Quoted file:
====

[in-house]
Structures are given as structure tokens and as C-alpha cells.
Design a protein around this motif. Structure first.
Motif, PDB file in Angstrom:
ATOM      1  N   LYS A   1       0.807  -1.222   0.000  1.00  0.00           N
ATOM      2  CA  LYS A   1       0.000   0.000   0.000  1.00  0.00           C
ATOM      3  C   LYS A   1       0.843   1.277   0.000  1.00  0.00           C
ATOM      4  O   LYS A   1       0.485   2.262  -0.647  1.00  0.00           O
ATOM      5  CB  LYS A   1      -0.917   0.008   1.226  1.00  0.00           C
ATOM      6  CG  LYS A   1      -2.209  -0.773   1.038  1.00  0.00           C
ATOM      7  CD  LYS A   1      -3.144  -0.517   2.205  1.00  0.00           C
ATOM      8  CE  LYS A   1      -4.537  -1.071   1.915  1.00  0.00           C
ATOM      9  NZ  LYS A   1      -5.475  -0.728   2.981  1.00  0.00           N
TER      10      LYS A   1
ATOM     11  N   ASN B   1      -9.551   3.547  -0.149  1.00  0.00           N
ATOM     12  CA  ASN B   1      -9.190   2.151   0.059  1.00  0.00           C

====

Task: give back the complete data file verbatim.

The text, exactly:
[in-house]
Structures are given as structure tokens and as C-alpha cells.
Design a protein around this motif. Structure first.
Motif, PDB file in Angstrom:
ATOM      1  N   LYS A   1       0.807  -1.222   0.000  1.00  0.00           N
ATOM      2  CA  LYS A   1       0.000   0.000   0.000  1.00  0.00           C
ATOM      3  C   LYS A   1       0.843   1.277   0.000  1.00  0.00           C
ATOM      4  O   LYS A   1       0.485   2.262  -0.647  1.00  0.00           O
ATOM      5  CB  LYS A   1      -0.917   0.008   1.226  1.00  0.00           C
ATOM      6  CG  LYS A   1      -2.209  -0.773   1.038  1.00  0.00           C
ATOM      7  CD  LYS A   1      -3.144  -0.517   2.205  1.00  0.00           C
ATOM      8  CE  LYS A   1      -4.537  -1.071   1.915  1.00  0.00           C
ATOM      9  NZ  LYS A   1      -5.475  -0.728   2.981  1.00  0.00           N
TER      10      LYS A   1
ATOM     11  N   ASN B   1      -9.551   3.547  -0.149  1.00  0.00           N
ATOM     12  CA  ASN B   1      -9.190   2.151   0.059  1.00  0.00           C